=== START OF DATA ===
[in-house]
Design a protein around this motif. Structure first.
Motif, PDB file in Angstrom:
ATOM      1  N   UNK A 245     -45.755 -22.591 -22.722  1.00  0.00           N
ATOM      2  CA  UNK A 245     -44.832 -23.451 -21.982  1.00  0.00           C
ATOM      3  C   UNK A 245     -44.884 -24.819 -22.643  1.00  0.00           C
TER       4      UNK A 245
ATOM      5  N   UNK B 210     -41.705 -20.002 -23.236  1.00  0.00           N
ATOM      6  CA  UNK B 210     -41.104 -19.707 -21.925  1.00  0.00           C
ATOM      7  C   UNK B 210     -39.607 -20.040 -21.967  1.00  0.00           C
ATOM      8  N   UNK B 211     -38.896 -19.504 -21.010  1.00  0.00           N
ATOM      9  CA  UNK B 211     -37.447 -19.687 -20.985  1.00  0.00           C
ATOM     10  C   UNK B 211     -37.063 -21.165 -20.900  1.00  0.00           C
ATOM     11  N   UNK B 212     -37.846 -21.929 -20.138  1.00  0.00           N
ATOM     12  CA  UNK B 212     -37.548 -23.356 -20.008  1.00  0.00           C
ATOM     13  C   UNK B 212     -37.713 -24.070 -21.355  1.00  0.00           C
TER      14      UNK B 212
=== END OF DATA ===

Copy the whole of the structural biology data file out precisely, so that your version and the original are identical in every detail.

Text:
[in-house]
Design a protein around this motif. Structure first.
Motif, PDB file in Angstrom:
ATOM      1  N   UNK A 245     -45.755 -22.591 -22.722  1.00  0.00           N
ATOM      2  CA  UNK A 245     -44.832 -23.451 -21.982  1.00  0.00           C
ATOM      3  C   UNK A 245     -44.884 -24.819 -22.643  1.00  0.00           C
TER       4      UNK A 245
ATOM      5  N   UNK B 210     -41.705 -20.002 -23.236  1.00  0.00           N
ATOM      6  CA  UNK B 210     -41.104 -19.707 -21.925  1.00  0.00           C
ATOM      7  C   UNK B 210     -39.607 -20.040 -21.967  1.00  0.00           C
ATOM      8  N   UNK B 211     -38.896 -19.504 -21.010  1.00  0.00           N
ATOM      9  CA  UNK B 211     -37.447 -19.687 -20.985  1.00  0.00           C
ATOM     10  C   UNK B 211     -37.063 -21.165 -20.900  1.00  0.00           C
ATOM     11  N   UNK B 212     -37.846 -21.929 -20.138  1.00  0.00           N
ATOM     12  CA  UNK B 212     -37.548 -23.356 -20.008  1.00  0.00           C
ATOM     13  C   UNK B 212     -37.713 -24.070 -21.355  1.00  0.00           C
TER      14      UNK B 212